Bring on the 12-month paid maternity leaves, the all-access-pass to nationalized health care. Because while capitalism was showing America who's your daddy (in our country, he who has the least morals and the most hunger, laughs all the way to his weekend house in the Hamptons), Norway's socialist finance minister was smugly buying our companies' depressed stock.
The country has a cushy 11% budget surplus, zero national debt, and an economy that grew 3% last year while Uncle Sam was dancing a jig into a 12.9% deficit, $11 trillion in debt, and the recession we now all know and love.
Banks make up just 2% of the economy, and tight oversight means no excessive lending practices. Having recorded comfortable amounts of income from the North Sea oil, Norway saved the money in its sovereign wealth fund; the one that was buying U.S. stock as the markets crashed last fall. The U.K. spent its oil money during the market's upswing.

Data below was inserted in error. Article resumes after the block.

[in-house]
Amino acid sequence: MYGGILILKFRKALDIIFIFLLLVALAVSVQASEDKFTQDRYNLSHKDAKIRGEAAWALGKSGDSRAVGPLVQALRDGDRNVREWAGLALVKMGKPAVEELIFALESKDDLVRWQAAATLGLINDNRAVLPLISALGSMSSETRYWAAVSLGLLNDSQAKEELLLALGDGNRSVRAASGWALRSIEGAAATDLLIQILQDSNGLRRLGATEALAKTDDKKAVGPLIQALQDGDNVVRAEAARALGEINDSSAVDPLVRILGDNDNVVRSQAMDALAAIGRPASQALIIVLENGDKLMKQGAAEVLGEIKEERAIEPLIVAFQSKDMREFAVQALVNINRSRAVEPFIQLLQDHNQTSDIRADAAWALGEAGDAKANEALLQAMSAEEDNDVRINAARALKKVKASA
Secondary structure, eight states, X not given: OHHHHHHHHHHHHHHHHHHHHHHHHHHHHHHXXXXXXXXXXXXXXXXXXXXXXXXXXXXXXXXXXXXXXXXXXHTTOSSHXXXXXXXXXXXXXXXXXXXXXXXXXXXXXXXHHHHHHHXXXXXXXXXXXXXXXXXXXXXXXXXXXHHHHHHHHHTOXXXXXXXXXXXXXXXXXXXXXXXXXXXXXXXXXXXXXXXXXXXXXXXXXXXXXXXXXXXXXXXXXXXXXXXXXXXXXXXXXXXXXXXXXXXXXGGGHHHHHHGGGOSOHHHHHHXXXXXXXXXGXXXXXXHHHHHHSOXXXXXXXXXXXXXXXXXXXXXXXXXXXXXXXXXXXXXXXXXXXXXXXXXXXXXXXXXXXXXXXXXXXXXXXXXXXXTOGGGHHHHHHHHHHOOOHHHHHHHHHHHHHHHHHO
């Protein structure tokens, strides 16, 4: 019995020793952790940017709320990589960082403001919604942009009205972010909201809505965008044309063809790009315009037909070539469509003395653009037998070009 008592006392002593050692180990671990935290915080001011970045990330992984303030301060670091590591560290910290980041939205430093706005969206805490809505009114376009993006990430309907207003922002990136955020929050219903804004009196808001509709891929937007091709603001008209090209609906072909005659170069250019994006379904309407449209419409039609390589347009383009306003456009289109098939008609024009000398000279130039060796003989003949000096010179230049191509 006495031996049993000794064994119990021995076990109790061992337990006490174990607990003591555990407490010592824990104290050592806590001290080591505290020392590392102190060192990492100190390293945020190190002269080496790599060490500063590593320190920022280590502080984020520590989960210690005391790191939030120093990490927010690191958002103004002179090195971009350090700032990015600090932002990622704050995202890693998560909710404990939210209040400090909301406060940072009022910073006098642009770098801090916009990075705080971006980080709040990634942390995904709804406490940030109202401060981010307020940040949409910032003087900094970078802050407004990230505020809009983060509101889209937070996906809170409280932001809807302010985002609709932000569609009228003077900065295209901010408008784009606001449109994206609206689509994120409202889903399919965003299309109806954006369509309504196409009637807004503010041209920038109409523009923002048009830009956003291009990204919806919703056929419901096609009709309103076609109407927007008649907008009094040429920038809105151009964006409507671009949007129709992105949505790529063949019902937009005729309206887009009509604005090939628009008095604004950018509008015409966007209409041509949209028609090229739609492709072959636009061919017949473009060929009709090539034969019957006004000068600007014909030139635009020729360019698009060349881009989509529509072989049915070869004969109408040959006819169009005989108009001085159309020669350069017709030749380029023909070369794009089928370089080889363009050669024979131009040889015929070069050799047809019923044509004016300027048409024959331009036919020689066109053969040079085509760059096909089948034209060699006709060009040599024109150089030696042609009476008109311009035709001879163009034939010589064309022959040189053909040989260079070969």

As a Time magazine writer said (about cash for clunkers programs, which is a completely different topic altogether): if this is socialism, call me "Comrade." Whether or not you'd like to argue about where Norway's wealth came from, to begin with, heck, they've done a good job keeping it. What's more, their people are known for the seemingly conflicting characteristics: they're both frugal and not-so-hard working, with one of the shortest average work weeks in the civilized world. And every strata of citizens benefit; even drug addicts are given government-funded fixes (with clean needles).
Here's the thing: one can be simultaneously frugal and not work oneself to the bone, if one is concerned more about the social and community value of his or her work than its monetary value. America's capitalism has a deserved reputation for being self-serving to the point of ethically devoid greed. And the further we go down that road -- the one where capitalism is unchecked and the market is free (to those privileged and savvy enough to take its advantage) -- the more we're turning to socialism to solve the problem.
Too bad we didn't get there sooner, when we still had unplundered national treasures and a relatively minor national debt. I only hope this can be the inspiration we need to embrace frugality and social welfare -- before we go broke.